HomeHeadlinesInflation races to 131,7%

Inflation races to 131,7%


ZIMBABWE’S year-on-year inflation is back to three figures for the first time since June last year, after a sharp spike to 131,7% in May, from 96,4% in April as prices continue to soar.

“The year-on-year inflation rate (annual percentage change) for the month of May 2022 as measured by the all items consumer price index stood at 131,7%,” the Zimbabwe National Statistics Agency (ZimStat) said yesterday.

“The CPI [consumer price index] for the month ending May 2022 stood at $6 662,17, compared to $5 507,11 in April 2022 and $2 874,85 in May 2021.”

The latest figures evoke memories of the hyperinflation era of 2007-8 when inflation topped at 500 billion percent, leading to the scrapping of the Zimbabwe dollar the following year.

Last week, the Consumer Council of Zimbabwe announced that a family of five required
$120 000 a month to survive, up from $98 000 in April as the local currency tumbles and prices of basics and services skyrocket.

President Emmerson Mnangagwa, who re-introduced the Zimbabwe dollar in 2019, has been struggling to steady the local currency and has accused business of sabotaging him.

Early this month, he introduced a raft of economic measures to control the exchange rate and arrest the economic challenges afflicting the country.

Some of the measures included a freeze on lending by banks to stop freefall of the local currency, allegedly at the hands of illegal forex dealers aided by banks, according to the Reserve Bank of Zimbabwe (RBZ)’s Financial Intelligence Unit.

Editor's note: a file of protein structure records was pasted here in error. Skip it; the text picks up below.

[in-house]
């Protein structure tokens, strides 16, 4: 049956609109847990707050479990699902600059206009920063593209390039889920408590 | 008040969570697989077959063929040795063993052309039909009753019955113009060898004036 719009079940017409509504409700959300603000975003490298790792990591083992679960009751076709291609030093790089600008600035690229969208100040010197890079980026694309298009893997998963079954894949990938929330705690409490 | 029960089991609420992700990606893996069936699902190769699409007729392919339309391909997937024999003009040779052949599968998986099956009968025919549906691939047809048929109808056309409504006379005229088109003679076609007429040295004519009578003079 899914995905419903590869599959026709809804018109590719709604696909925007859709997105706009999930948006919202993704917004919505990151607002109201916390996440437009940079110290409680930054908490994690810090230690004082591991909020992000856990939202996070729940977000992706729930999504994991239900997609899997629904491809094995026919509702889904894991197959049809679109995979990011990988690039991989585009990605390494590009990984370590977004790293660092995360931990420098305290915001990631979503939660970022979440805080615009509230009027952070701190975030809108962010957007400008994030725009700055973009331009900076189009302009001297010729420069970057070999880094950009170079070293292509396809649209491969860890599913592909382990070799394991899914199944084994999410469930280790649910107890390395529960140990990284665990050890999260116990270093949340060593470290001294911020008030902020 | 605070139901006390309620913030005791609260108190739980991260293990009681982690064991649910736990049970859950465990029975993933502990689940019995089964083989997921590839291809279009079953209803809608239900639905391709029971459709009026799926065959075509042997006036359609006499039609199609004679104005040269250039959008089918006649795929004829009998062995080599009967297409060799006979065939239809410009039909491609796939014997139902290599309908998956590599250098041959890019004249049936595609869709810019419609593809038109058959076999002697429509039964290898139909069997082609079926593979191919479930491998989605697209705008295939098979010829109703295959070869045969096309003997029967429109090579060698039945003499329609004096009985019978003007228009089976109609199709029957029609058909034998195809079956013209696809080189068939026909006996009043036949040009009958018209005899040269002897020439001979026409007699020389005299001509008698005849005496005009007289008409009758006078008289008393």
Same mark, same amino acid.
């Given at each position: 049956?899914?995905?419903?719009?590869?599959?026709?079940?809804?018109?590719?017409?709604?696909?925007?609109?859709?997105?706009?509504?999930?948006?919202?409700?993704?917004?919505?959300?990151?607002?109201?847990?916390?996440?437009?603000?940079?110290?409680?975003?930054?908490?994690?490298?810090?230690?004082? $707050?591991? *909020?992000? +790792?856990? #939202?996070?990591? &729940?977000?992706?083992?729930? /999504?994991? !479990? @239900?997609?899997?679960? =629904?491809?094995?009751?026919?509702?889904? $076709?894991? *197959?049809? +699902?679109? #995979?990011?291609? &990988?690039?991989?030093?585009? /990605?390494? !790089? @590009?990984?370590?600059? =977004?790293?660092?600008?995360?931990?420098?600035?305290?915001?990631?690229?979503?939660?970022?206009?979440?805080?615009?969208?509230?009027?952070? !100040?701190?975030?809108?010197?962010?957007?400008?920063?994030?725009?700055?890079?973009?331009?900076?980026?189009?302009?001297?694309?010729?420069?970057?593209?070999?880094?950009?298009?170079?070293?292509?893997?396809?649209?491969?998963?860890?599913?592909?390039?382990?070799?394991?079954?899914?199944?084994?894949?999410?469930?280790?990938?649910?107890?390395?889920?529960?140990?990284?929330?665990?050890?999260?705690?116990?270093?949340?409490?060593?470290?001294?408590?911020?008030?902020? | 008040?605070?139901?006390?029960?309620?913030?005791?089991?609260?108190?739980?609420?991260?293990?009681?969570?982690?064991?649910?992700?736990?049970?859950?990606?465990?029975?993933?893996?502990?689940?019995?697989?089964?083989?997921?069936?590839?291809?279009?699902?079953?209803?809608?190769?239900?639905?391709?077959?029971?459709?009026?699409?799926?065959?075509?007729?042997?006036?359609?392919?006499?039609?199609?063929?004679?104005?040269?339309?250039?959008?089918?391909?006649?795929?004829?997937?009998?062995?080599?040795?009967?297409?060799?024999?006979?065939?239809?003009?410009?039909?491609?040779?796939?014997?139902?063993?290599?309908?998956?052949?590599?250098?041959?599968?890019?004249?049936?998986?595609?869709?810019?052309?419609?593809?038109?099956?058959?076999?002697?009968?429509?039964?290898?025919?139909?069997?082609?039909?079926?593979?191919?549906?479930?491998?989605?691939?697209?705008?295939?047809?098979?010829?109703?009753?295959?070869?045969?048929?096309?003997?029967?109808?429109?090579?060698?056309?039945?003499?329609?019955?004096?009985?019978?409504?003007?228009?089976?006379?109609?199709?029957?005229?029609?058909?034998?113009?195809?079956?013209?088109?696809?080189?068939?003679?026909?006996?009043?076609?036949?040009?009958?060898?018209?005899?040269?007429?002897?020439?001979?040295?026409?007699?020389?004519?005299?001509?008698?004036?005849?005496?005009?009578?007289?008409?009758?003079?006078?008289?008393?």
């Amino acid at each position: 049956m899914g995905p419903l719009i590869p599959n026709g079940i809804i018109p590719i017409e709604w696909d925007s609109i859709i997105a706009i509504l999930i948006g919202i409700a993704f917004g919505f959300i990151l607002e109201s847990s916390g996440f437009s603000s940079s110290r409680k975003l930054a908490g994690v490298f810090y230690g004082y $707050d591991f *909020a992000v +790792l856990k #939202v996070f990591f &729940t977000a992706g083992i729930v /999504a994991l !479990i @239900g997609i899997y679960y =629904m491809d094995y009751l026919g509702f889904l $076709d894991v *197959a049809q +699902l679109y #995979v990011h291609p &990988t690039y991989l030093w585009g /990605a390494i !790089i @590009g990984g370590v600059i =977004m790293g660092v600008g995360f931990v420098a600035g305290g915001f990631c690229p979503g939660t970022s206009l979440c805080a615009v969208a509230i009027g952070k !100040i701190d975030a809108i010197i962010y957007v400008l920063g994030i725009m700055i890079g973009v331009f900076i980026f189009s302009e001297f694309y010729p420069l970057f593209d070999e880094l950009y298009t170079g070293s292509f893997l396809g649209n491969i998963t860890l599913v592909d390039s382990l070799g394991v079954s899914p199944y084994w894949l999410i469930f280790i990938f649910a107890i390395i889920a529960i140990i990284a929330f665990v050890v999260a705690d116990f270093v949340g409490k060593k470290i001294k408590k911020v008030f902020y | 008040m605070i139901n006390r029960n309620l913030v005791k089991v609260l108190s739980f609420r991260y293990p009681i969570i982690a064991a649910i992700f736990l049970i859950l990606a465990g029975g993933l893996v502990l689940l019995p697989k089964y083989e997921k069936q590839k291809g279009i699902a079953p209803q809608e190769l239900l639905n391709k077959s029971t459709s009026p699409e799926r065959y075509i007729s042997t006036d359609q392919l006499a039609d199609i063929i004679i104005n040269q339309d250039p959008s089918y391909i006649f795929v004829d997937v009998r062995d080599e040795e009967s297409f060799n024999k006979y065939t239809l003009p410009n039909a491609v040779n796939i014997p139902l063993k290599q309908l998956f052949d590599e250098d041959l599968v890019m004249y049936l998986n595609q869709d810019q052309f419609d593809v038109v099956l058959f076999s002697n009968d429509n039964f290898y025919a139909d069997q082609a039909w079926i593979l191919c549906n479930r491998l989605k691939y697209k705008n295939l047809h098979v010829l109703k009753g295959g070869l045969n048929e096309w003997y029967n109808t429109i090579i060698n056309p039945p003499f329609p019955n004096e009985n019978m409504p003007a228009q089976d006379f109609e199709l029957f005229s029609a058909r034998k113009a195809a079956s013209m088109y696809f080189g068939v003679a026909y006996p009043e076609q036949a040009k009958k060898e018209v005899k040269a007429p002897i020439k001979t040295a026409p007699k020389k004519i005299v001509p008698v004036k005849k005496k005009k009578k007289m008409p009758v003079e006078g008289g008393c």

Government was forced to reverse the measures following an outcry by businesses.

Zimbabwe has at least five exchange rates — the RBZ’s official auction rate now at $290; the interbank rate at $297; the parallel rate at $470, Zimbabwe dollar cash rate at $400, and the mobile money rate, which is also tracking the cash rate.

Economist Gift Mugano projected an inflation of about 250% by December influenced by the scarcity of the United States dollar, saying citizens were buying the foreign currency instead of spending it.

“Even before we get to the hyperinflationary era, economic agents will begin to apply the rule of hyperinflation,” Mugano said.

“People are busy buying foreign currency to preserve value. The demand for foreign currency will go high. This will compound the demand for foreign currency for imports. It is a vicious cycle.”

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